What IF . . . we collectively met the needs of kids?

What if all adults felt compelled to help meet the needs of our kids. If we really treated them as OURS just because they were a part of the village, a part of our collective community. The footprint of the juvenile justice system would surely be smaller. Kids who experienced trauma, abuse or neglect would be responded to with compassion and understanding even when they expressed themselves by acting out. Educators would be equipped with tools to respond to misbehavior in ways that provided appropriate accountability without exposing impressionable adolescents to the negative influence of juvenile institutions. Youth who engaged in repetitive risky behavior would receive the kind of individual transformational attention that would expose them to pro-social impacts and redirect them towards a more productive path. Young people who warranted an out-of-home intervention because their mistakes put others at risk would receive a true rehabilitative experience in a setting that was designed to teach and correct rather than punish.

What if we as a progressive society said “NO MORE” to treating kids like criminals for normal adolescent misbehavior? Could we eliminate locked detention facilities in favor of community resource centers? Could we tear down razor-wired juvenile correctional institutions and replace them with places that provided instruction and therapy? Could we transform juvenile correctional officers into youth counselors who were skilled in building relationships as a way to exercise influence and authority, instead of wielding the kind of power that only comes with a uniform and a badge?

What if we made sure that all kids had their basic needs met — enough to eat, and a safe place to live, would that enable their ability to read and learn, and would that then result in less delinquent behavior? And when they made mistakes (as all human beings do), if together we provided opportunities to address youth transgressions while helping them learn empathy and the impact of their actions on others, would that produce more responsible adults? If we attended to kids’ minds and their hearts, would we have a more peaceful community?

All people need fellowship and fun and bonding. If we don’t provide healthy connections for kids, they may gravitate to destructive relationships that can lead them down a risky and unsafe path. If we really want a safer community, we need to work together to develop our young people to become their best selves. Individually, we may not have all that they need, but if we work together I believe that we can. If it takes a village to raise a child, then all caring and conscientious adults have a role to play. What IF we all played our part …?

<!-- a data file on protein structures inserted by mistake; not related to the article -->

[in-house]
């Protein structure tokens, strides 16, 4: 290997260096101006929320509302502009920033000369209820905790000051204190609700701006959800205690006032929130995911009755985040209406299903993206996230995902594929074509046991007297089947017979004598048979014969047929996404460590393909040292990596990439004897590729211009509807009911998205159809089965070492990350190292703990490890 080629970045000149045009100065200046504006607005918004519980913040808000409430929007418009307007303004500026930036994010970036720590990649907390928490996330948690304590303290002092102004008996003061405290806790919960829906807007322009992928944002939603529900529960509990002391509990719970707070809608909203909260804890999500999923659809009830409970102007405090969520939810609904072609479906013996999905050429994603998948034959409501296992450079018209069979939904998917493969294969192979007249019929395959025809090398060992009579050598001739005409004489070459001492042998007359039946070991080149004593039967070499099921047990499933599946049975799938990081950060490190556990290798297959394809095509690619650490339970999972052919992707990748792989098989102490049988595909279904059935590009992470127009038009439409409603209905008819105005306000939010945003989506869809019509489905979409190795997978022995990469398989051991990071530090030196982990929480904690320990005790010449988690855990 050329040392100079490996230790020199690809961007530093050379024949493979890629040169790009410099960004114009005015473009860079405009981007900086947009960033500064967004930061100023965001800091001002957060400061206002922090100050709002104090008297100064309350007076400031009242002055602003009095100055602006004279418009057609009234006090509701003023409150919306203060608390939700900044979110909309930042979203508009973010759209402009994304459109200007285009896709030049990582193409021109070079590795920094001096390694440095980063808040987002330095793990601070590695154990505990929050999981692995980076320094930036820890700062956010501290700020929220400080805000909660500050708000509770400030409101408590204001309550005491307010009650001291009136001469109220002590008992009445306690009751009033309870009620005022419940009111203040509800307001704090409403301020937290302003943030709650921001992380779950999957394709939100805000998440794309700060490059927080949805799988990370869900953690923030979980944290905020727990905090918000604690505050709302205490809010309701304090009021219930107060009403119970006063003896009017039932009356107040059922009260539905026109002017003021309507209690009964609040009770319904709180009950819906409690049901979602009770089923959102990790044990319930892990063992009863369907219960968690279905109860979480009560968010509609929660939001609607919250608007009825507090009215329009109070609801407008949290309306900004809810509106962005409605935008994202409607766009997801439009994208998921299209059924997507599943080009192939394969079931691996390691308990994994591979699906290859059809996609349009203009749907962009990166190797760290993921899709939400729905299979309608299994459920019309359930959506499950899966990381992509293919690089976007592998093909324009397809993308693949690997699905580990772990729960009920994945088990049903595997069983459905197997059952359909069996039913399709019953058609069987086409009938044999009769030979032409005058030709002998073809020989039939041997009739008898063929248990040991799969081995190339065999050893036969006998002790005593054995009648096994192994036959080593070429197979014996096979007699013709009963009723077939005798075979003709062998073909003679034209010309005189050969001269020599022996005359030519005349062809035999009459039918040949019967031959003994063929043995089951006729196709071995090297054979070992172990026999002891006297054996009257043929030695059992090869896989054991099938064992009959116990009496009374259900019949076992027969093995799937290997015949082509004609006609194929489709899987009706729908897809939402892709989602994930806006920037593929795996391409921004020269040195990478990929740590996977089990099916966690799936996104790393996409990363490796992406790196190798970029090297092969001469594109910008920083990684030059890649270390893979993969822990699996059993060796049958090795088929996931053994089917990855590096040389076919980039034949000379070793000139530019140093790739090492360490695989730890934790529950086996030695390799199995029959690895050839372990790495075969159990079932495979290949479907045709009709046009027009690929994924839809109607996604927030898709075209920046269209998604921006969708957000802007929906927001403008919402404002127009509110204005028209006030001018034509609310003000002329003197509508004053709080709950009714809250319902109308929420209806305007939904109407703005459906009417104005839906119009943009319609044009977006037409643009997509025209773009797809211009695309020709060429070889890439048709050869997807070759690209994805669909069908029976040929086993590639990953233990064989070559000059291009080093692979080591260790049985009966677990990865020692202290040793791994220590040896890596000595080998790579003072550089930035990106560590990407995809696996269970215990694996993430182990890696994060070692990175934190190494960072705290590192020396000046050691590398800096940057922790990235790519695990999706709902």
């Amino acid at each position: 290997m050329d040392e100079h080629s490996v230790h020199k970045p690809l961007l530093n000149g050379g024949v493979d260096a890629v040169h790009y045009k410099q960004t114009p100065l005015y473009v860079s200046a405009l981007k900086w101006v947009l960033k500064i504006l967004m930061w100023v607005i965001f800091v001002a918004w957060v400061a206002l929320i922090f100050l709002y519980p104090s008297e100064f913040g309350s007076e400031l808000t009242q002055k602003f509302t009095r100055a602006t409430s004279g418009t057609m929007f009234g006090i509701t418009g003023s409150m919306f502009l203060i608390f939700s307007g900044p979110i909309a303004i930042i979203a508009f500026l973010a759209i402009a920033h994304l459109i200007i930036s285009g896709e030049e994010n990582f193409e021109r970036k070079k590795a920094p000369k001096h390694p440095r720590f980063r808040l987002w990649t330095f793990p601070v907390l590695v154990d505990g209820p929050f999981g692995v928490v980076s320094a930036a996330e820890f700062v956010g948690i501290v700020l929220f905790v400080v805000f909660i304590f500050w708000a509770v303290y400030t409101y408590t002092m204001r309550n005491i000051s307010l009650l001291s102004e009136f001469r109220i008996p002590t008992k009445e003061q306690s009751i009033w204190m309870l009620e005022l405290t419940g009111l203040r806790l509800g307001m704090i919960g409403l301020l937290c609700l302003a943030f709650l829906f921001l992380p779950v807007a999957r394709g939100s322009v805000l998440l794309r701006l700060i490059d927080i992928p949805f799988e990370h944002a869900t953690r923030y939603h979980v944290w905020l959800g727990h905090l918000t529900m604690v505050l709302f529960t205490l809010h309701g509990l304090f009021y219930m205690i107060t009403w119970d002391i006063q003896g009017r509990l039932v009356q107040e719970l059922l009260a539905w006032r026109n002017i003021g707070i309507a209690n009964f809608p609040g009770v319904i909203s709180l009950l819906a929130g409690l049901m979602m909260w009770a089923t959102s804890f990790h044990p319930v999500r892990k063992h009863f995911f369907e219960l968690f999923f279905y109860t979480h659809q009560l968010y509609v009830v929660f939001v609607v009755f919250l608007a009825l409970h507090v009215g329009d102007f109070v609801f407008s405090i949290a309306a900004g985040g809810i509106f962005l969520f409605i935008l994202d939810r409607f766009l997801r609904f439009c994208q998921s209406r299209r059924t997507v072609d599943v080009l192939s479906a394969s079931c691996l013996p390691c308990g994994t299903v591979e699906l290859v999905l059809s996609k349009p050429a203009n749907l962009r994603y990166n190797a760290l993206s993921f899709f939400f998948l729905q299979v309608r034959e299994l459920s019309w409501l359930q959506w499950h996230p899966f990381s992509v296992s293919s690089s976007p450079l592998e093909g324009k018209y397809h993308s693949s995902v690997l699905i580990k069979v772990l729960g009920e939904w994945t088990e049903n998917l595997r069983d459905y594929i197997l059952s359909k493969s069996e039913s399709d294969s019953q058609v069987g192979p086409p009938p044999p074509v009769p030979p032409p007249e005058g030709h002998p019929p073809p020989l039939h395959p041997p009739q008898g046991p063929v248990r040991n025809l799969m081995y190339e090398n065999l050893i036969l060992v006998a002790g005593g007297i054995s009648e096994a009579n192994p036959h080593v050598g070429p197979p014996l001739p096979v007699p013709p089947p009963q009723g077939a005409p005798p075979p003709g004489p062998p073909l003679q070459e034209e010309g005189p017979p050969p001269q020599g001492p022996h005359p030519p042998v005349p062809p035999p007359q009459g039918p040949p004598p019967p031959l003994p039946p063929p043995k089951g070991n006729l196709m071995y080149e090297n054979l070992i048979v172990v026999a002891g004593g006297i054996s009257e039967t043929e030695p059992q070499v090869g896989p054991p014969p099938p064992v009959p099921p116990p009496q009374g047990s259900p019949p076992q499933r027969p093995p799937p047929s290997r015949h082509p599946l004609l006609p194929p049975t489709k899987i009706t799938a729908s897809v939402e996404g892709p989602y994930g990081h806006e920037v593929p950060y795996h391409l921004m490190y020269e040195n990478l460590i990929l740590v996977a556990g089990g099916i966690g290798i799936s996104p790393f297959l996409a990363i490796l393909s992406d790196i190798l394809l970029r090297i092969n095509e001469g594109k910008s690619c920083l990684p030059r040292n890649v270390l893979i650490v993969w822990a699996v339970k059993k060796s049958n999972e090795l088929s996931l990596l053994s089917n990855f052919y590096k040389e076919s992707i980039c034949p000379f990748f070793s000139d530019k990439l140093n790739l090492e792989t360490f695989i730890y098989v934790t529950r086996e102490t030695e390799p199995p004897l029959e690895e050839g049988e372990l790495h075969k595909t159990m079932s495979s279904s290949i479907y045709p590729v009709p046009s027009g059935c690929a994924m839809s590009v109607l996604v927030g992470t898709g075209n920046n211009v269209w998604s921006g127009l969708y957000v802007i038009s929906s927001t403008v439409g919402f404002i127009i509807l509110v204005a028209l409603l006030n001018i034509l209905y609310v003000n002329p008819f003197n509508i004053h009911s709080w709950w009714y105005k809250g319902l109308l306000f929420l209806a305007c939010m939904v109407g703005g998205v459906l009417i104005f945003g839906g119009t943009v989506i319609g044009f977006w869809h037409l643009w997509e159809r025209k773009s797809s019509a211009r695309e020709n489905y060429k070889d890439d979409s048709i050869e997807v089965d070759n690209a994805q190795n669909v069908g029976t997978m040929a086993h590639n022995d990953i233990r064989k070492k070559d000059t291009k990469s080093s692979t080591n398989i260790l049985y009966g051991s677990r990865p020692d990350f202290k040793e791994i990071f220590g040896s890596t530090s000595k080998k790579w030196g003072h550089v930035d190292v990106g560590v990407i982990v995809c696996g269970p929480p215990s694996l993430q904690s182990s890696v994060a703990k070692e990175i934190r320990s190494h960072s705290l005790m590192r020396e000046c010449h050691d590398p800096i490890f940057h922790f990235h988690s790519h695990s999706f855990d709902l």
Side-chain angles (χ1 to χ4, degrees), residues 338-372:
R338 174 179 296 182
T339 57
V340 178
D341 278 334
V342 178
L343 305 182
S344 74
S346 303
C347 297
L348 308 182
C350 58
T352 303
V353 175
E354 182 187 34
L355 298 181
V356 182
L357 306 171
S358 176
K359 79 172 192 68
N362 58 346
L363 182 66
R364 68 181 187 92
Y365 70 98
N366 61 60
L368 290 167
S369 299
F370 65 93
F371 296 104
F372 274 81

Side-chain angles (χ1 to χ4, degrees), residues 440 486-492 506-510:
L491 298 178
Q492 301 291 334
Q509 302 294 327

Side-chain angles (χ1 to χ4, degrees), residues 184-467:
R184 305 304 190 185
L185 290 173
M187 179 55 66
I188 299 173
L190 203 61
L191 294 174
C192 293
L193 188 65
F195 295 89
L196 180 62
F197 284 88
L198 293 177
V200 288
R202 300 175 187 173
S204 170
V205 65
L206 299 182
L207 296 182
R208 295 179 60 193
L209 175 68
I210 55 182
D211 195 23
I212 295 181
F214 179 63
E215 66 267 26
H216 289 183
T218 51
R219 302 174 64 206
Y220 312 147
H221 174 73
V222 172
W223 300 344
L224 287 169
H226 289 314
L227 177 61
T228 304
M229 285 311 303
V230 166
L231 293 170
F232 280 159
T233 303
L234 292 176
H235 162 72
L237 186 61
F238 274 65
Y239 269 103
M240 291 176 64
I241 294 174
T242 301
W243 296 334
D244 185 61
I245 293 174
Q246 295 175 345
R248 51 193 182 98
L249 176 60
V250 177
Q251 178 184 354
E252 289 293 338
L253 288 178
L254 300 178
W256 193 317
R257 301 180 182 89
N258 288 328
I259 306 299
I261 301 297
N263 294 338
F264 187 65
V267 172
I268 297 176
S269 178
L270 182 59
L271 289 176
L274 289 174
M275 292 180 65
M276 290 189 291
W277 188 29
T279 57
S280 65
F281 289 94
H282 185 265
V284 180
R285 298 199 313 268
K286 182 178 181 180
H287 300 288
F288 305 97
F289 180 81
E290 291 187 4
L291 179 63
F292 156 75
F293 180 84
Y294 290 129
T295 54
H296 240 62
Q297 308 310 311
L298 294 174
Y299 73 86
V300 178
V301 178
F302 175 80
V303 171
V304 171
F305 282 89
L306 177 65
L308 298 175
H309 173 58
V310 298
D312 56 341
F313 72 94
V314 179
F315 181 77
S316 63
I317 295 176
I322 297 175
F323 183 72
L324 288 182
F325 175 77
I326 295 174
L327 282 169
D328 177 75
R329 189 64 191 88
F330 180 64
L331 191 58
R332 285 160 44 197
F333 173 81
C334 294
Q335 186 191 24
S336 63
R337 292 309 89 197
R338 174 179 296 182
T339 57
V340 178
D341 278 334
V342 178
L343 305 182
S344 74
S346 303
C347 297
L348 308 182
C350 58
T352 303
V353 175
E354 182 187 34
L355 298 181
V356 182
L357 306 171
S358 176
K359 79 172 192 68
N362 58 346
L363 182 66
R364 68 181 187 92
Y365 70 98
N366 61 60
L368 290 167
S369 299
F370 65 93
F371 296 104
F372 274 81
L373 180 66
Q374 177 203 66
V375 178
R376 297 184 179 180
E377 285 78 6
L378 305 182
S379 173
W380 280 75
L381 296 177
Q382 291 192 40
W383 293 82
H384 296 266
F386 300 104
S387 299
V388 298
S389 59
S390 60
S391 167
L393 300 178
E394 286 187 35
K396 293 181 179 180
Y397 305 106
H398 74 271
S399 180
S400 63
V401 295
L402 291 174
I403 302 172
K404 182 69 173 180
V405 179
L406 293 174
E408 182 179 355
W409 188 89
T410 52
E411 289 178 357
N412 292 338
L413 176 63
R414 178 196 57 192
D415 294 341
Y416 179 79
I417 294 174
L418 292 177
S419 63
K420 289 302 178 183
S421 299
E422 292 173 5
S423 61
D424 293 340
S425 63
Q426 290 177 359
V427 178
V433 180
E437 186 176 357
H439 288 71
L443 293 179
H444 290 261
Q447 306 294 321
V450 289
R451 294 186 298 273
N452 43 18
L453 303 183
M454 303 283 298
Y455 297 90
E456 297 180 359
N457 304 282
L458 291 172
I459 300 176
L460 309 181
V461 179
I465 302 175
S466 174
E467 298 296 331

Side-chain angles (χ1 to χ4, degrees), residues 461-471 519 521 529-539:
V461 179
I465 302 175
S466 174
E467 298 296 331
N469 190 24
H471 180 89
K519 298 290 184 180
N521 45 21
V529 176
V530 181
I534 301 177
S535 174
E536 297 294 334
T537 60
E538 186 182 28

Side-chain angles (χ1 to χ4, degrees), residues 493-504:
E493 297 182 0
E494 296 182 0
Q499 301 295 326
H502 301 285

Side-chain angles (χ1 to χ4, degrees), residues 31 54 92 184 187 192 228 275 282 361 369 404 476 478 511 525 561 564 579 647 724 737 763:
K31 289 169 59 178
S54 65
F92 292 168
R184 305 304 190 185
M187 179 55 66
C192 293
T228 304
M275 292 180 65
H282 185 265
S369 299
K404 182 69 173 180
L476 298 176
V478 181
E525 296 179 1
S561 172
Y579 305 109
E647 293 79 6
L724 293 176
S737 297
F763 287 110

Tanya Washington is a former civil rights attorney and social justice advocate who seeks better outcomes for vulnerable youth/ Share your thoughts at http://www.justicecorner.com

Follow Tanya on Twitter: @twashesq/ email her at justicecornerblog@gmail.com

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Failed juvenile justice systems: gateways to adult incarceration that must be addressed

Justice reform and the idea of de-incarceration are starting to become familiar considerations in many circles. The idea that long prison terms for non-violent offenses are expensive and unnecessary is a concept that is gaining bi-partisan steam. Several states have passed legislation that has reduced lengthy sentences for adults charged with non-violent crimes. A few have begun considering juvenile reforms, yet still do not fully recognize that improving juvenile justice systems is a critical strategy to achieve overarching criminal justice reform. Why? Because failed responses to juvenile offending is a gateway to adult incarceration.

According to a number of data sources a majority of youth currently behind bars have not committed a violent offense. More importantly, a large percentage of those youth are subject to incarceration as a result of minor infractions that occur at school or for engaging in activities that would not be a crime if they were adults (status offenses). Once in front of a judge, however, these young people are subjected to harsher responses than they would be in a criminal court and at a significantly higher cost (financially and in lost opportunities). After a stint in a juvenile facility, recidivism more often goes up, rather than down.

A recent publication by the Justice Policy Institute (Sticker Shock) http://www.justicepolicy.org/StickerShock outlined the financial implications of juvenile incarceration on states and communities. According to JPI research the average cost of incarcerating a young person in a secure facility is upwards of $400 a day (amounting to more than $70,000 for six months, and more than $140,000 for an entire year). Equally important as the significant financial impact, is the reality that a high proportion of young people who are incarcerated as juveniles go on to be locked up as adults, thereby costing even more money over their lifetime in actual costs to confine, in loss of productivity and an impaired ability to meet their own and their family’s financial needs.